Monsanto’s statement to the press that its chemical wastes were “harmless” is directly contradicted by internal records that document long-standing corporate knowledge of PCBs’ toxicity. In communications to industrial clients, Monsanto revealed that, in fact, waste that contained PCBs posed serious danger, especially to aquatic life. Nearly a year prior to the massive fish kill in Choccolocco Creek, an industrial hygienist in Monsanto’s medical department warned of precisely this danger in relation to the company’s Pydraul fluids, which contained Aroclors. In a memo to a Pennsylvania tool manufacturer and Monsanto customer, the hygienist warned, “If the material [Pydraul] is discharged in large concentrations it will adversely effect [sic] the organisms in the bottom of the receiving stream which will effect [sic] the aquatic life in the stream.”[4] Monsanto officials shared with industrial customers (at least those who made inquiries) precisely the same knowledge that they pointedly denied in statements to the local news media.

Scattered protests predated awareness of PCBs. Residents of West Anniston had long complained of “obnoxious gases, smoke and vapors” from the plant. A meeting in the spring of 1958 for “organizing a committee in regards to the unpleasant odors and smoke created by Monsanto Chemical Company which is plaguing our community” aimed to speed installation of pollution control equipment. Joe Fincher and other residents who lived near the plant had filed suit against Monsanto after the plant launched its parathion insecticide operation in January, citing a stench from the plant “so severe that on many occasions complainants or their families have vomited, have been unable to eat, and have been made seriously sick.” In ruling that Fincher could proceed with his lawsuit, the Alabama Supreme Court declared it likely that Monsanto, “unless restrained, will continue the operation of the plant so as to cause the nuisance complained of.”[5]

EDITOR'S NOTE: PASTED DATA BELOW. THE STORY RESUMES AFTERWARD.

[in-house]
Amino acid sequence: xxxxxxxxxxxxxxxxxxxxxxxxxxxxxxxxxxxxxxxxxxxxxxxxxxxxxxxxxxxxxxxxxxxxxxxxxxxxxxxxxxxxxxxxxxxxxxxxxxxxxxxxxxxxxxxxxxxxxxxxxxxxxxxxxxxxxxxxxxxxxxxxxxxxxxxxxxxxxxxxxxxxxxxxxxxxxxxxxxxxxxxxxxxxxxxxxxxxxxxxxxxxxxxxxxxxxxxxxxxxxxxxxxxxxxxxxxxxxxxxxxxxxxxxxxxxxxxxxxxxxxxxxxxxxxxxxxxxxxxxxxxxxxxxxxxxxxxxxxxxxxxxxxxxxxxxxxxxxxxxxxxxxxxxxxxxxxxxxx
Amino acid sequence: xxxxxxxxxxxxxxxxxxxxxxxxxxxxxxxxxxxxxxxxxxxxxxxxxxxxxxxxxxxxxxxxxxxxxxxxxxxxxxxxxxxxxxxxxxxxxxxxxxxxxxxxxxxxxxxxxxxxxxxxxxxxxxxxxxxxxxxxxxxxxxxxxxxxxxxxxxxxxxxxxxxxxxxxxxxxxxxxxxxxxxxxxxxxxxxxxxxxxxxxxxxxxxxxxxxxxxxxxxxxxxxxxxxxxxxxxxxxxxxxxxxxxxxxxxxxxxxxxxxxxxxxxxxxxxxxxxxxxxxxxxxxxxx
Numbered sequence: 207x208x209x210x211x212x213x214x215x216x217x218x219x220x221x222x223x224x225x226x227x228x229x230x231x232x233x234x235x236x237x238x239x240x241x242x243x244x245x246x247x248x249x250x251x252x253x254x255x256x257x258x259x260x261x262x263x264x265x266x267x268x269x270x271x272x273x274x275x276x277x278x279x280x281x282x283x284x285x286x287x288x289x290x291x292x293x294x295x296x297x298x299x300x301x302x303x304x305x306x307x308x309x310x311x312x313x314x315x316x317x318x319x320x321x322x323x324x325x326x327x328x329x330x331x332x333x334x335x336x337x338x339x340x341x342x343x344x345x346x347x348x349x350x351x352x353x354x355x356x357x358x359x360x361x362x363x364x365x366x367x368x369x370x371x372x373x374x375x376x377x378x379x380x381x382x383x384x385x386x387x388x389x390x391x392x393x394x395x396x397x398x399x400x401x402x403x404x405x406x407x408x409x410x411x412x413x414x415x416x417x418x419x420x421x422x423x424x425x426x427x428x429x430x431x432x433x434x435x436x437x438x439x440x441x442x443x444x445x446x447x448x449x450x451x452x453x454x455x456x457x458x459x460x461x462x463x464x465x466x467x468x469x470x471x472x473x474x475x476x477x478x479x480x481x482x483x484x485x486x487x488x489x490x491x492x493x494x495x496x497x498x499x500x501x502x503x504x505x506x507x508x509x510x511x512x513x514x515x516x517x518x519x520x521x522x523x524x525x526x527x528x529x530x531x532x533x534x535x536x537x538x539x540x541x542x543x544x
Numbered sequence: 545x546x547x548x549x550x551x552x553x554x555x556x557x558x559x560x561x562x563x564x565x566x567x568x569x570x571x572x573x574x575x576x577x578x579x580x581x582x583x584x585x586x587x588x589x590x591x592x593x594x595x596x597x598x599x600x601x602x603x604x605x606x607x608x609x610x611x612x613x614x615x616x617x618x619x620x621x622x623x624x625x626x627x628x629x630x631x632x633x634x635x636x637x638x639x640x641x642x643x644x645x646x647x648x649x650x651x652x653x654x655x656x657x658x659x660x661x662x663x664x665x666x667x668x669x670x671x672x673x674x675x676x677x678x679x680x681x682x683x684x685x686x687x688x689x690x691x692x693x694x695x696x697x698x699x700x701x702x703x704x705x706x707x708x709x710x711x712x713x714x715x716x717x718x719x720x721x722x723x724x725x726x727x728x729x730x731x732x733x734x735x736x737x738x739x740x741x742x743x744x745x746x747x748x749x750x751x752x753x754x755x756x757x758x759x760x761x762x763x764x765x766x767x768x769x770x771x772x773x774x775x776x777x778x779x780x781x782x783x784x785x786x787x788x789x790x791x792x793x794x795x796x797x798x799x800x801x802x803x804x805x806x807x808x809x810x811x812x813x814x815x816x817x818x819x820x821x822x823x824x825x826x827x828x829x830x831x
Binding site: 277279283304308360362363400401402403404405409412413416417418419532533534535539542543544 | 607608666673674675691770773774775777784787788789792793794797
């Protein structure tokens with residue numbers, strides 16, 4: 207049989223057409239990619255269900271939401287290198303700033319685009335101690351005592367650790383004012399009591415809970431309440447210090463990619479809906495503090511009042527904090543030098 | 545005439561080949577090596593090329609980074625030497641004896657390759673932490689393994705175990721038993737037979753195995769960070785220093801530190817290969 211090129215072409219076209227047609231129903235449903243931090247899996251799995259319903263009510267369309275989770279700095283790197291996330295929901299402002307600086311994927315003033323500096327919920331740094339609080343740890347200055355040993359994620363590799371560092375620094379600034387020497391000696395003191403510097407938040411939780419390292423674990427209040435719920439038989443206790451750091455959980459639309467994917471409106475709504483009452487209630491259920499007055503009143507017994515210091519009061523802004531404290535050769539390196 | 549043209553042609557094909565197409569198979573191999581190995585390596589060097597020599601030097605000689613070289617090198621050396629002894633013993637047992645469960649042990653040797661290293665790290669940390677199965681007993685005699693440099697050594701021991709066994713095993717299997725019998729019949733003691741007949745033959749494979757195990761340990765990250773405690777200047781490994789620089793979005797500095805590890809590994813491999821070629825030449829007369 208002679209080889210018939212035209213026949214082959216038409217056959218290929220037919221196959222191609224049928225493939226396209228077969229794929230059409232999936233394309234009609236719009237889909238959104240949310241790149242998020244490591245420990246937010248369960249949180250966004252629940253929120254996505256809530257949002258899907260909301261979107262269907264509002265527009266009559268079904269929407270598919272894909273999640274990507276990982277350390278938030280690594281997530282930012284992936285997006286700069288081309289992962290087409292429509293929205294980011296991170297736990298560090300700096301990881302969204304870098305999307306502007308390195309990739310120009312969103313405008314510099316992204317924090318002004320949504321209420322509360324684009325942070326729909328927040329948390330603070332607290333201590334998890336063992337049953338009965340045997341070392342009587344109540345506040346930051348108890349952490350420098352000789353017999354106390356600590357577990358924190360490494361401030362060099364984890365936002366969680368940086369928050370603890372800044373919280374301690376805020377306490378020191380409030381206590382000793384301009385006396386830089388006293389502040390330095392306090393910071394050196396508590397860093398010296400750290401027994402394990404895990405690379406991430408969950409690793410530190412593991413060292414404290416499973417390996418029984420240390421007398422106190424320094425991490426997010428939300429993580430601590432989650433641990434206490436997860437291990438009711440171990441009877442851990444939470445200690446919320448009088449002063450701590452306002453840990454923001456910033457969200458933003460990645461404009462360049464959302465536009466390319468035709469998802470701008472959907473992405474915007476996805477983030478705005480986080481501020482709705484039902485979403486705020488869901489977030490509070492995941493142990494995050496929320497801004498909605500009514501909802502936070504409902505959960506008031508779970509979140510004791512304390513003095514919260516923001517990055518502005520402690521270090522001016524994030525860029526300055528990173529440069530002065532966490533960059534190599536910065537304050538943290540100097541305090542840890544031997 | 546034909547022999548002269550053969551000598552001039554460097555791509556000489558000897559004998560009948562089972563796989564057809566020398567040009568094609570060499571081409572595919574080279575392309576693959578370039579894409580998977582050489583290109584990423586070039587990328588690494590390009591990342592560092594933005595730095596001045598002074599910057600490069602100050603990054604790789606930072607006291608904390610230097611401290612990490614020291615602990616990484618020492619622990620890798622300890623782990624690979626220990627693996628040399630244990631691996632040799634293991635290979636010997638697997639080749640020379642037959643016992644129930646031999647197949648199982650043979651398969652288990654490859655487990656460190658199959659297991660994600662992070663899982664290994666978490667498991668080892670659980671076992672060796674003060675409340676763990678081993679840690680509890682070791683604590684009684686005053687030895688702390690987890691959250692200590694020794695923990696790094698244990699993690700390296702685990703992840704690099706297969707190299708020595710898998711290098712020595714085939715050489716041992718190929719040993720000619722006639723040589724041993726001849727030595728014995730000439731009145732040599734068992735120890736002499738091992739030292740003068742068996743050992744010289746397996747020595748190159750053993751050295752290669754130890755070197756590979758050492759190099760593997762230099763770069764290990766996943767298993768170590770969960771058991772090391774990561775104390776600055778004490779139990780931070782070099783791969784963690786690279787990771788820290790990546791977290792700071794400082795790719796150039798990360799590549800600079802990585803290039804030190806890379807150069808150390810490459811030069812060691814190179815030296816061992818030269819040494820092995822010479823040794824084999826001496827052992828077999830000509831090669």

In time, knowledge about PCB contamination and its effects on wildlife and human health would no longer be confined to confidential corporate memos, arcane scientific journals, or closed-door meetings. For the moment, however, through paternalistic reassurances that its operations were safe and aggressive management of public relations and the press, Monsanto officials effectively deflected deeper inquiry. Waterway contamination in West Anniston occasionally prompted government intervention. But carefully cultivated allies in state and federal agencies repeatedly protected the company’s economic interests and often echoed company denials of harm. After concluding the investigation of the 1961 fish kill, Alabama water commissioner Crockett assured the public, “If any mistake was made, we are satisfied that it was not intentional and was due primarily to a lack of information on the part of everyone concerned.”[6]


From Baptized in PCBs: Race, Pollution, and Justice in an All-American Town, by Ellen Griffith Spears. Copyright © 2014 by Ellen Griffith Spears.

  1. [1]“The Nature of the Poison,” in LKB Produkter, “Poison: KLB Helps to Make a Safer World,” press release, January 10, 1967, Owens Archive; Jim Lowrey, “U.S., State Are Investigating Choccolocco Creek Fish Deaths,” Anniston Star, May 20, 1961.
  2. [2]Jim Lowrey, “U.S., State Are Investigating Choccolocco Creek Fish Deaths,” Anniston Star, May 20, 1961.
  3. [3]“Monsanto Expanding,” Anniston Star, January 19, 1961; “Calhoun and Anniston: Depressed Area Designation Seen,” Anniston Star, February 2, 1961; “Monsanto Moves Up,” Anniston Star, February 25, 1961; Monsanto Chemical Company, Monsanto Annual Report 1960, 10; “Monsanto Optimistic Despite National Economy: Present Level to Stay Here,” Anniston Star, March 21, 1961.
  4. [4]Monsanto Chemical Company, “Salesmen’s Manual, Aroclors Description and Properties,” October 1, 1944, 6, Abernathy documents; E. Mather, “Process for the Production of Aroclors, Pyranols, etc. at the Anniston and at the W. G. Krummrich Plant, XI. Hazards, Toxicity,” 3-–7 (April 1955), Abernathy documents; Ex parte Monsanto and Solutia (Abernathy v. Monsanto), February 26, 2003; Jack T. Garrett to S. Facini, Chicago Pneumatic Tool Company, August 29, 1960, Abernathy documents.
  5. [5]Special meeting notice, Anniston Star, April 15, 1958; D. B. Hosmer, “To the People of Anniston: Progress Report,” Monsanto v. Fincher (1961), 535-–38, 536, 537, 538.
  6. [6]Jim Lowrey, “U.S., State Are Investigating Choccolocco Creek Fish Deaths,” Anniston Star, May 20, 1961.